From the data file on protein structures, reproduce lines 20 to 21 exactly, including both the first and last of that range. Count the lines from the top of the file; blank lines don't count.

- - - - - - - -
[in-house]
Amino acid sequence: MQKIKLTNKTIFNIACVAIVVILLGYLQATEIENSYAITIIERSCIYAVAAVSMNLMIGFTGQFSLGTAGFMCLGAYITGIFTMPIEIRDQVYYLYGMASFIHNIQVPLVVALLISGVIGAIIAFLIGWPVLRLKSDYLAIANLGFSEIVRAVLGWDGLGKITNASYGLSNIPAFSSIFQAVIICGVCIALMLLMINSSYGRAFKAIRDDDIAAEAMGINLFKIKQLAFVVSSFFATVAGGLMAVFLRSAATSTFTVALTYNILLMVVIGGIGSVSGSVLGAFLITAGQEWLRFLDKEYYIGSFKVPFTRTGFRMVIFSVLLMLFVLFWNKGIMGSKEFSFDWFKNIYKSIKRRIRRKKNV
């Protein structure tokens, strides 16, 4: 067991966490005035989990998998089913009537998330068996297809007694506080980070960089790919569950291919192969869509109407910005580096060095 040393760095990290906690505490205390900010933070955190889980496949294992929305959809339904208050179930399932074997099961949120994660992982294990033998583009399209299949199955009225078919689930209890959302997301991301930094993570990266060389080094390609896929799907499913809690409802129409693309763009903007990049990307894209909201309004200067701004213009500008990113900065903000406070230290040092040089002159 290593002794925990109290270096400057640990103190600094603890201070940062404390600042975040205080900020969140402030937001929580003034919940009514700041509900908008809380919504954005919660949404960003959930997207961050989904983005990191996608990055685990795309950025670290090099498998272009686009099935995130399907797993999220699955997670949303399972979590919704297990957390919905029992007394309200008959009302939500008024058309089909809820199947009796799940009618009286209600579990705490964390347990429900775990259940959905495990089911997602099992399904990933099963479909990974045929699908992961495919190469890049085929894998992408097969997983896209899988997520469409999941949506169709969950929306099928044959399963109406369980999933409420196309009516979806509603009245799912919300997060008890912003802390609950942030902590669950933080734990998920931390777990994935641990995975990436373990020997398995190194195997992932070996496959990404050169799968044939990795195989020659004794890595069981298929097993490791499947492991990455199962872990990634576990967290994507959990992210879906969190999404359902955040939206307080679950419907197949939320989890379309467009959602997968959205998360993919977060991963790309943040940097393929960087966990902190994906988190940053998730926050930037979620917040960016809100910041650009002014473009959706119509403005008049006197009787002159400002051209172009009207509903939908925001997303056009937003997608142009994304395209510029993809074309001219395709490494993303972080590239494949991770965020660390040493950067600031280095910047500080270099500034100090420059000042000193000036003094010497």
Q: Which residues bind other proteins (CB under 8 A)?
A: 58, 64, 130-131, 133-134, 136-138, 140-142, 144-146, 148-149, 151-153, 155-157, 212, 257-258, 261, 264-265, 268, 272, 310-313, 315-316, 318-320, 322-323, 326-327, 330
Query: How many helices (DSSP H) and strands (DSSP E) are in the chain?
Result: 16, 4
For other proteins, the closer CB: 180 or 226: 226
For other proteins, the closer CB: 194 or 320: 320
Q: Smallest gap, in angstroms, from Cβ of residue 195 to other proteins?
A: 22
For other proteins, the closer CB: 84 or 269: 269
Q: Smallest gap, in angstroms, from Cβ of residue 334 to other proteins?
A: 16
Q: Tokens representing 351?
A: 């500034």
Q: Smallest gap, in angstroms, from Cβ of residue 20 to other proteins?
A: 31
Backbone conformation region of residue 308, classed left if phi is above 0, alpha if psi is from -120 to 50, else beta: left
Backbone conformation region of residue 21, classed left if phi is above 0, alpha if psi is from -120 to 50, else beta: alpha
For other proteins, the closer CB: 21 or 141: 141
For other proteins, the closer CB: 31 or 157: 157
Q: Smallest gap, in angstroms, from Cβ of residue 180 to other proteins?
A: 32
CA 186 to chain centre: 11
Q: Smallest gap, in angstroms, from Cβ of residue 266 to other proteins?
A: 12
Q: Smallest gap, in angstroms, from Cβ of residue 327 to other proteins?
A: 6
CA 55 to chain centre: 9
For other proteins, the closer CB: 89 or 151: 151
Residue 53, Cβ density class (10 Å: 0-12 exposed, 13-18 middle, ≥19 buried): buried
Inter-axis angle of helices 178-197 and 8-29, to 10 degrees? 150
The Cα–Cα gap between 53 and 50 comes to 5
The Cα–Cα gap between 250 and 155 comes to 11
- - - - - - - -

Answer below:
Backbone conformation region of residue 21, classed left if phi is above 0, alpha if psi is from -120 to 50, else beta: alpha
For other proteins, the closer CB: 21 or 141: 141